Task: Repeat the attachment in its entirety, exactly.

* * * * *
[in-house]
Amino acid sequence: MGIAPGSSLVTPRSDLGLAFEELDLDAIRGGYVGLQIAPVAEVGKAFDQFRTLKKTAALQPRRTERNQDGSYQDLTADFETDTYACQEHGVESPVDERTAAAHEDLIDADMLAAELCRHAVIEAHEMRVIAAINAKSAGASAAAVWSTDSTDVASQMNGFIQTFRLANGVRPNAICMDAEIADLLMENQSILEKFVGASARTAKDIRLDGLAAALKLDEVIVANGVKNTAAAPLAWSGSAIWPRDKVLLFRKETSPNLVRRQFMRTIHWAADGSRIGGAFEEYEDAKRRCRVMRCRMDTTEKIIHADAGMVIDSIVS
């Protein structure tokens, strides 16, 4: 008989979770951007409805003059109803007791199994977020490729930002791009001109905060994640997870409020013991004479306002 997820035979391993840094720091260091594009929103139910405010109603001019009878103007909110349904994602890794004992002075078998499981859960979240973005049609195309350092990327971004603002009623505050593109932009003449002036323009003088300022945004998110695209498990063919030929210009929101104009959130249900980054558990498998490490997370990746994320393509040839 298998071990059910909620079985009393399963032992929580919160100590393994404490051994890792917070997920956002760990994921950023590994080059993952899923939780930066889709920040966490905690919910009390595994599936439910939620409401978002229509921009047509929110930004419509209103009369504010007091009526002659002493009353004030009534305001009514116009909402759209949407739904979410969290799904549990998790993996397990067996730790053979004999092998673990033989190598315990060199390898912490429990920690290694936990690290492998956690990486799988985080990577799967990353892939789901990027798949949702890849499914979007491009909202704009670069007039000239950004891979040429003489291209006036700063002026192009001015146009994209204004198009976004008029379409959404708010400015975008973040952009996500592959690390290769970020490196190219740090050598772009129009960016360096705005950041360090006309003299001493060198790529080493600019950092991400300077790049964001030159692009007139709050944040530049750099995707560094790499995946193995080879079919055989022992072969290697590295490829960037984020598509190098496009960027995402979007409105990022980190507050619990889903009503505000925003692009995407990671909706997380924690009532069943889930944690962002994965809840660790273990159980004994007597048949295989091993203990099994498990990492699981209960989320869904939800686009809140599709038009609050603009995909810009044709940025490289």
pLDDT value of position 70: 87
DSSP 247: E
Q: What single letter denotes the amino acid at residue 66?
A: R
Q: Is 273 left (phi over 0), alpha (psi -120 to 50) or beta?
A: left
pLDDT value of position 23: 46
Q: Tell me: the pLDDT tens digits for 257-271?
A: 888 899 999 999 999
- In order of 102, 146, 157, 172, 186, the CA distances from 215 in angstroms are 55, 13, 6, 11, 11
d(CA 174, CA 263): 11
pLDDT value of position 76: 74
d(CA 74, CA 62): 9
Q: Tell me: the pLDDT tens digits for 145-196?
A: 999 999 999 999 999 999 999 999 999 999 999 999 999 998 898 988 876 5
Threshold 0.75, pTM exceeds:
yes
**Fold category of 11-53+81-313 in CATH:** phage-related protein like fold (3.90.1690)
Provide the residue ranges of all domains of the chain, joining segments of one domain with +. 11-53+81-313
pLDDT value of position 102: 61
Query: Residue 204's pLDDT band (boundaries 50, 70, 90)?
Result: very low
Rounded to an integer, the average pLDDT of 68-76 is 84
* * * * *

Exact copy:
[in-house]
Amino acid sequence: MGIAPGSSLVTPRSDLGLAFEELDLDAIRGGYVGLQIAPVAEVGKAFDQFRTLKKTAALQPRRTERNQDGSYQDLTADFETDTYACQEHGVESPVDERTAAAHEDLIDADMLAAELCRHAVIEAHEMRVIAAINAKSAGASAAAVWSTDSTDVASQMNGFIQTFRLANGVRPNAICMDAEIADLLMENQSILEKFVGASARTAKDIRLDGLAAALKLDEVIVANGVKNTAAAPLAWSGSAIWPRDKVLLFRKETSPNLVRRQFMRTIHWAADGSRIGGAFEEYEDAKRRCRVMRCRMDTTEKIIHADAGMVIDSIVS
């Protein structure tokens, strides 16, 4: 008989979770951007409805003059109803007791199994977020490729930002791009001109905060994640997870409020013991004479306002 997820035979391993840094720091260091594009929103139910405010109603001019009878103007909110349904994602890794004992002075078998499981859960979240973005049609195309350092990327971004603002009623505050593109932009003449002036323009003088300022945004998110695209498990063919030929210009929101104009959130249900980054558990498998490490997370990746994320393509040839 298998071990059910909620079985009393399963032992929580919160100590393994404490051994890792917070997920956002760990994921950023590994080059993952899923939780930066889709920040966490905690919910009390595994599936439910939620409401978002229509921009047509929110930004419509209103009369504010007091009526002659002493009353004030009534305001009514116009909402759209949407739904979410969290799904549990998790993996397990067996730790053979004999092998673990033989190598315990060199390898912490429990920690290694936990690290492998956690990486799988985080990577799967990353892939789901990027798949949702890849499914979007491009909202704009670069007039000239950004891979040429003489291209006036700063002026192009001015146009994209204004198009976004008029379409959404708010400015975008973040952009996500592959690390290769970020490196190219740090050598772009129009960016360096705005950041360090006309003299001493060198790529080493600019950092991400300077790049964001030159692009007139709050944040530049750099995707560094790499995946193995080879079919055989022992072969290697590295490829960037984020598509190098496009960027995402979007409105990022980190507050619990889903009503505000925003692009995407990671909706997380924690009532069943889930944690962002994965809840660790273990159980004994007597048949295989091993203990099994498990990492699981209960989320869904939800686009809140599709038009609050603009995909810009044709940025490289």
pLDDT value of position 70: 87
DSSP 247: E
Q: What single letter denotes the amino acid at residue 66?
A: R
Q: Is 273 left (phi over 0), alpha (psi -120 to 50) or beta?
A: left
pLDDT value of position 23: 46
Q: Tell me: the pLDDT tens digits for 257-271?
A: 888 899 999 999 999
- In order of 102, 146, 157, 172, 186, the CA distances from 215 in angstroms are 55, 13, 6, 11, 11
d(CA 174, CA 263): 11
pLDDT value of position 76: 74
d(CA 74, CA 62): 9
Q: Tell me: the pLDDT tens digits for 145-196?
A: 999 999 999 999 999 999 999 999 999 999 999 999 999 998 898 988 876 5
Threshold 0.75, pTM exceeds:
yes
**Fold category of 11-53+81-313 in CATH:** phage-related protein like fold (3.90.1690)
Provide the residue ranges of all domains of the chain, joining segments of one domain with +. 11-53+81-313
pLDDT value of position 102: 61
Query: Residue 204's pLDDT band (boundaries 50, 70, 90)?
Result: very low
Rounded to an integer, the average pLDDT of 68-76 is 84